“The crown skull of existence is consumption while genocide seeps into the cracks of our everyday. We’re beginning to see beyond the veil….”
Status Non Status present a new video for Genocidio in collaboration with director Travis Welowszky.
“From atop the makeshift mountain, a grim presence looms above the life below. A meditation on the endless, encroaching empire. The creatures traversing this plane are plastic and placeless; conjoined to their terrain as playthings in the tableaus of glorious exploiters. The understudies of colonial rule, silhouetted across a hill, obscure serenity by way of simulation; scrambling signals. Colonial esoterica. Banal evil in list form. Silence: the cause to the resounding pain.”
Genocidio appears on the Status/Non-Status 1, 2, 3, 4, 500 Years release
Status/Non-Status is the new name for the ongoing musical work of Anishinaabe community worker Adam Sturgeon (Nme’) and his longtime collaborators (fka Whoop-Szo). The band spent a decade carving a path through Canada’s DIY scene before leveling up thanks to 2019’s acclaimed long player Warrior Down (You’ve Changed Records). This album confronted Sturgeon’s complex family history and identity and was long listed for the Polaris Music Prize among numerous other accolades. Now, the band emerges renewed, with more stories to share …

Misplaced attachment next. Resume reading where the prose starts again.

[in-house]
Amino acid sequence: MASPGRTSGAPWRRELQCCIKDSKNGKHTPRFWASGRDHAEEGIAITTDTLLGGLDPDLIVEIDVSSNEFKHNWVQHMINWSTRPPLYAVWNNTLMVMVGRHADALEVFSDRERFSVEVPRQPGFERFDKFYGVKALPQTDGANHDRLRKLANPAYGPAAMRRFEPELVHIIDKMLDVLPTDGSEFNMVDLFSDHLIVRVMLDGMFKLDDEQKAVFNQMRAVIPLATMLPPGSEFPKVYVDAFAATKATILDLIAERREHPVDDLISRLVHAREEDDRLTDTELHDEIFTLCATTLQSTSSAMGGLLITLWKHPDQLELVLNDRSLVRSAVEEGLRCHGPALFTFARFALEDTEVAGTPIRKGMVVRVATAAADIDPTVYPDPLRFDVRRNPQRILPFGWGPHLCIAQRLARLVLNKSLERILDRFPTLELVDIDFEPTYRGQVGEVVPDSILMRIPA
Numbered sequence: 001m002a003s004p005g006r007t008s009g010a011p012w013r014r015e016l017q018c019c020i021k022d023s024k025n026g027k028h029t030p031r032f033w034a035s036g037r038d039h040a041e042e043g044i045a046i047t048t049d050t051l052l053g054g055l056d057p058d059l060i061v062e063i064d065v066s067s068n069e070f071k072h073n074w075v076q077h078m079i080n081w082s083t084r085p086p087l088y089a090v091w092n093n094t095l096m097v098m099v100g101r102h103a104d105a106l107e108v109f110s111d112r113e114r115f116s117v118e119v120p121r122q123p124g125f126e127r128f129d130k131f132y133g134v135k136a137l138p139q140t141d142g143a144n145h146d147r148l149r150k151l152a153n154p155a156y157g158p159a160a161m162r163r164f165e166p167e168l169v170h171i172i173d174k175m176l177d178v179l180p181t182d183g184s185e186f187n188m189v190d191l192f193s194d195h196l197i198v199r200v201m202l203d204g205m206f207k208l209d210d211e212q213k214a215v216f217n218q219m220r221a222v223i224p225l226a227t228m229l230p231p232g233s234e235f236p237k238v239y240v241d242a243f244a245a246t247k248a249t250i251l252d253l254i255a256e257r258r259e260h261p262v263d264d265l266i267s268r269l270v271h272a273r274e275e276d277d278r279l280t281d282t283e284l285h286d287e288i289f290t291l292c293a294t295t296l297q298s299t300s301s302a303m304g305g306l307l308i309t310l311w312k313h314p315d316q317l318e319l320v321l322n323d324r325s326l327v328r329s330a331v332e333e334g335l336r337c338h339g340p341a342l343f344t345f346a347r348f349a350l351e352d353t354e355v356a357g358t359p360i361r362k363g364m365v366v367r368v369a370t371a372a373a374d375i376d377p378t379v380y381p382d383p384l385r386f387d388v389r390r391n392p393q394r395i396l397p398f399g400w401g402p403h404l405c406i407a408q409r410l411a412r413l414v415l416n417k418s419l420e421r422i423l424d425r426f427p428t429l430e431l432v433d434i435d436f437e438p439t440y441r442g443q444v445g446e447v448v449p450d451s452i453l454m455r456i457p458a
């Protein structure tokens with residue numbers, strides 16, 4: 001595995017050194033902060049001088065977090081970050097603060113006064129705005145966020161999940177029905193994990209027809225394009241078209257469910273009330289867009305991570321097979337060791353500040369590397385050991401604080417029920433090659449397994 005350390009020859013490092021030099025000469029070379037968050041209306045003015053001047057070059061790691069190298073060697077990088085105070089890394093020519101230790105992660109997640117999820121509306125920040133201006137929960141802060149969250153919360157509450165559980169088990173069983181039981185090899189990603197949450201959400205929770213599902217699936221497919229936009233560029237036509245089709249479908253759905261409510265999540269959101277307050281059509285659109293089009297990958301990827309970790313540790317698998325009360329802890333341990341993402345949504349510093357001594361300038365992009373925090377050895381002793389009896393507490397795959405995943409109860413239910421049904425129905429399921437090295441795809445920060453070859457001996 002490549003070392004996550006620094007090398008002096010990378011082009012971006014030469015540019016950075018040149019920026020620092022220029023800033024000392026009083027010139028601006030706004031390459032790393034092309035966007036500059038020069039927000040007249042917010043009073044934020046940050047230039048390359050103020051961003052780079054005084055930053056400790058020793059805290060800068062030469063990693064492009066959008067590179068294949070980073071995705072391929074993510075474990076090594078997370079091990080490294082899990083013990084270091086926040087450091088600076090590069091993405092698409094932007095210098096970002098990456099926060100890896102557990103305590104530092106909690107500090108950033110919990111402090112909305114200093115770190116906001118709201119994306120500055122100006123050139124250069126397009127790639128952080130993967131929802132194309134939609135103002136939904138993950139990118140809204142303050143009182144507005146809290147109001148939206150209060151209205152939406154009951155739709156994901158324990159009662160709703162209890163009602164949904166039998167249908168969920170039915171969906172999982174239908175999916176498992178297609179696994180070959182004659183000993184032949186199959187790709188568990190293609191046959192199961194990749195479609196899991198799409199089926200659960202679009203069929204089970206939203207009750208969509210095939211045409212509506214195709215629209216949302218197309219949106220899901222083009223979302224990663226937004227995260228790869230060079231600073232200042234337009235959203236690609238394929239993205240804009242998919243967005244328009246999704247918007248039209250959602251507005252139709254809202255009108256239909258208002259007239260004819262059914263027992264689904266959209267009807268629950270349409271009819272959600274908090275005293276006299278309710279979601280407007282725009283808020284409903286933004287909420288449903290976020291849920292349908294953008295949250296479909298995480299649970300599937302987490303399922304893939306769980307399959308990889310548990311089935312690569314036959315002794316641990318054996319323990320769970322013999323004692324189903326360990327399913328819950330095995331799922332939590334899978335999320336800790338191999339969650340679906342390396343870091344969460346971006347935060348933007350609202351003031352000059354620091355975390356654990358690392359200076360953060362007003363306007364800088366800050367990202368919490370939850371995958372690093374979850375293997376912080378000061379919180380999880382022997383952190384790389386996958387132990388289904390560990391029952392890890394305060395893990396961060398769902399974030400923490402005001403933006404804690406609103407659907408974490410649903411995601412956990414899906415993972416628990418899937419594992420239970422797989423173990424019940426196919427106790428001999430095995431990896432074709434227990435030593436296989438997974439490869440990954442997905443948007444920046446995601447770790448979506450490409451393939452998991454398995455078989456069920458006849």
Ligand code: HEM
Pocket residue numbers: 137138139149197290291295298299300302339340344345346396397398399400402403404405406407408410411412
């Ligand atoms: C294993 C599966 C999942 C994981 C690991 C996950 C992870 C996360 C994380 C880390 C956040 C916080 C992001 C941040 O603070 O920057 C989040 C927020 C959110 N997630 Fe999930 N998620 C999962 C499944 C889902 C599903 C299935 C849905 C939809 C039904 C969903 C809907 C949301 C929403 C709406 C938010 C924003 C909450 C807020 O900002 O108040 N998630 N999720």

Adam is ‘non-status’ as defined by the Canadian government. Adam’s grandfather Ralph made the difficult decision to enfranchise in order to support himself and his family by joining the Armed Forces. Enfranchisement was the government’s term for the legal process of turning in one’s Status Card, terminating one’s Indian Status, and becoming instead a Canadian citizen. It was a pillar of the government’s assimilation policy and a requirement for any Indigenous person who wished to enlist.
In the name of providing a better life for himself and his family, Ralph was required to forsake his Anishinaabe roots, an all-too-common experience for Indigenous peoples across Turtle Island. Acts of colonial violence such as enfranchisement, the residential school system, and the Indian Act have resulted in disconnection amongst generations of Indigenous people from their communities, languages, land, and identities. Today, new voices are rising up and — through acts of reclamation via art, language, music, and community — taking back spaces that have been dominated by settler culture for so many years.
Who is native enough? Who ‘counts’ as Indigenous, and who does not? These questions swirl through the Canadian arts discourse today, impacting every medium and revealing fundamental inadequacies within our current identity-defining systems. For Adam, the proof is in the work; his commitment to telling his family’s story with integrity and truth informs every aspect of his music and his life. Now a father to his own young son, it is the future that allows Adam to dig further into his roots.
“When we tell stories, we have a responsibility to tell the truth. Do the necessary work to earn trust. Share your experience as one voice within a greater circle … and find a home.”
The 1, 2, 3, 4, 500 Years Limited Edition 12″ EP features musical program on Side A and graphic etching on Side B. Released in collaboration with Grizzlar Records. The EP will be released in full May 28, 2021.